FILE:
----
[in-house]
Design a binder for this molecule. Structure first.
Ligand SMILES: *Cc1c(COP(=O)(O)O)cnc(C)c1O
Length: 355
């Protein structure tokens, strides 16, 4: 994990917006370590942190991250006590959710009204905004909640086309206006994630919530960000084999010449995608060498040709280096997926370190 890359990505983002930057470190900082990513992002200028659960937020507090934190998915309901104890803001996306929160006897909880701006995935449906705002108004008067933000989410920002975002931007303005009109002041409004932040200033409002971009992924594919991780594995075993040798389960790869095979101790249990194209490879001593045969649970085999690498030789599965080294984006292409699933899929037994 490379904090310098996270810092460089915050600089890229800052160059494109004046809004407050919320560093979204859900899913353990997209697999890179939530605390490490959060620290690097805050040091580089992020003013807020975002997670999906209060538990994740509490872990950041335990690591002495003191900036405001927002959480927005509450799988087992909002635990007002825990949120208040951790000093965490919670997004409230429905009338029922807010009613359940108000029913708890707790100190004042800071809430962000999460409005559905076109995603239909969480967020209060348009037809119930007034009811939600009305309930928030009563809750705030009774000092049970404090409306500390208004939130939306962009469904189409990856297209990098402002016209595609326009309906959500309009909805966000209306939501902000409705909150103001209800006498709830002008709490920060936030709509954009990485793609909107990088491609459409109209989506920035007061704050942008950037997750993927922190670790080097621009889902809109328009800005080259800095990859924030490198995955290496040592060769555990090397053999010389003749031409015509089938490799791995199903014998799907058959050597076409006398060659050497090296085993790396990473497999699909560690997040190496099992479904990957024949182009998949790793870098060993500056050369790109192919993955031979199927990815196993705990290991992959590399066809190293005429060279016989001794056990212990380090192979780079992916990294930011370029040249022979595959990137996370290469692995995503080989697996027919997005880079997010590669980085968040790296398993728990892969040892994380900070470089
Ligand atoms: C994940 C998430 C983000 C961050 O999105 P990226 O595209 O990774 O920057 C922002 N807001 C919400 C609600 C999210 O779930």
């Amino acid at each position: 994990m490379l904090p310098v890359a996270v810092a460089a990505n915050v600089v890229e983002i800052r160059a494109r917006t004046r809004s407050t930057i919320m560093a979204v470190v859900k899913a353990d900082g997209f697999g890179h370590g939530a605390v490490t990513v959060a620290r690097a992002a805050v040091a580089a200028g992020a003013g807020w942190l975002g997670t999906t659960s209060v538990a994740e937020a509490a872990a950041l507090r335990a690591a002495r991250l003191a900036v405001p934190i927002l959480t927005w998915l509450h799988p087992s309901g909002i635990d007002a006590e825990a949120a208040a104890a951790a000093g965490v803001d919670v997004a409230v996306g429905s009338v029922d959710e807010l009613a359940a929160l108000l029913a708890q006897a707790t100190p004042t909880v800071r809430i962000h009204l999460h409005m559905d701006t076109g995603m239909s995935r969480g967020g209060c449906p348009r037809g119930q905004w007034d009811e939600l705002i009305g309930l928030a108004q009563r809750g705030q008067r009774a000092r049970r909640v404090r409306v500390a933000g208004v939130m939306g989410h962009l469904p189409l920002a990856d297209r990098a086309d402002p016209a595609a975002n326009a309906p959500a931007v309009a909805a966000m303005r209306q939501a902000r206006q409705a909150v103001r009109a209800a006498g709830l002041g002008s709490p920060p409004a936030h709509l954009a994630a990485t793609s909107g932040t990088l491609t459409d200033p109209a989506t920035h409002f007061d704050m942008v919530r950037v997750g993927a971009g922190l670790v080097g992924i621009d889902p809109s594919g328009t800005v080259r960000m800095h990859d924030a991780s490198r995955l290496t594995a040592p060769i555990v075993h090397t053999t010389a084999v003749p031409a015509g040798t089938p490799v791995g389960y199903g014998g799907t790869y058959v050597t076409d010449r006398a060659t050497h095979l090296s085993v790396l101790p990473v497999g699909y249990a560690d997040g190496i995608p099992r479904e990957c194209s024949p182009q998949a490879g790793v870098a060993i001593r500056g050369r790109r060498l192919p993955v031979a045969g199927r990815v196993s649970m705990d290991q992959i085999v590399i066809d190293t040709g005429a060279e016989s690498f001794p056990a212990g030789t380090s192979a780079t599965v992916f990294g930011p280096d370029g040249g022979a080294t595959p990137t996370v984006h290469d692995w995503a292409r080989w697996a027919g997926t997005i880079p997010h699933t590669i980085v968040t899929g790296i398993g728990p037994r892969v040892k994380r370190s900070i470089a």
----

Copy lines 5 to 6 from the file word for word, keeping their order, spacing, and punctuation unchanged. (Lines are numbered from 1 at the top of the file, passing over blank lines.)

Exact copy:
């Protein structure tokens, strides 16, 4: 994990917006370590942190991250006590959710009204905004909640086309206006994630919530960000084999010449995608060498040709280096997926370190 890359990505983002930057470190900082990513992002200028659960937020507090934190998915309901104890803001996306929160006897909880701006995935449906705002108004008067933000989410920002975002931007303005009109002041409004932040200033409002971009992924594919991780594995075993040798389960790869095979101790249990194209490879001593045969649970085999690498030789599965080294984006292409699933899929037994 490379904090310098996270810092460089915050600089890229800052160059494109004046809004407050919320560093979204859900899913353990997209697999890179939530605390490490959060620290690097805050040091580089992020003013807020975002997670999906209060538990994740509490872990950041335990690591002495003191900036405001927002959480927005509450799988087992909002635990007002825990949120208040951790000093965490919670997004409230429905009338029922807010009613359940108000029913708890707790100190004042800071809430962000999460409005559905076109995603239909969480967020209060348009037809119930007034009811939600009305309930928030009563809750705030009774000092049970404090409306500390208004939130939306962009469904189409990856297209990098402002016209595609326009309906959500309009909805966000209306939501902000409705909150103001209800006498709830002008709490920060936030709509954009990485793609909107990088491609459409109209989506920035007061704050942008950037997750993927922190670790080097621009889902809109328009800005080259800095990859924030490198995955290496040592060769555990090397053999010389003749031409015509089938490799791995199903014998799907058959050597076409006398060659050497090296085993790396990473497999699909560690997040190496099992479904990957024949182009998949790793870098060993500056050369790109192919993955031979199927990815196993705990290991992959590399066809190293005429060279016989001794056990212990380090192979780079992916990294930011370029040249022979595959990137996370290469692995995503080989697996027919997005880079997010590669980085968040790296398993728990892969040892994380900070470089
Ligand atoms: C994940 C998430 C983000 C961050 O999105 P990226 O595209 O990774 O920057 C922002 N807001 C919400 C609600 C999210 O779930």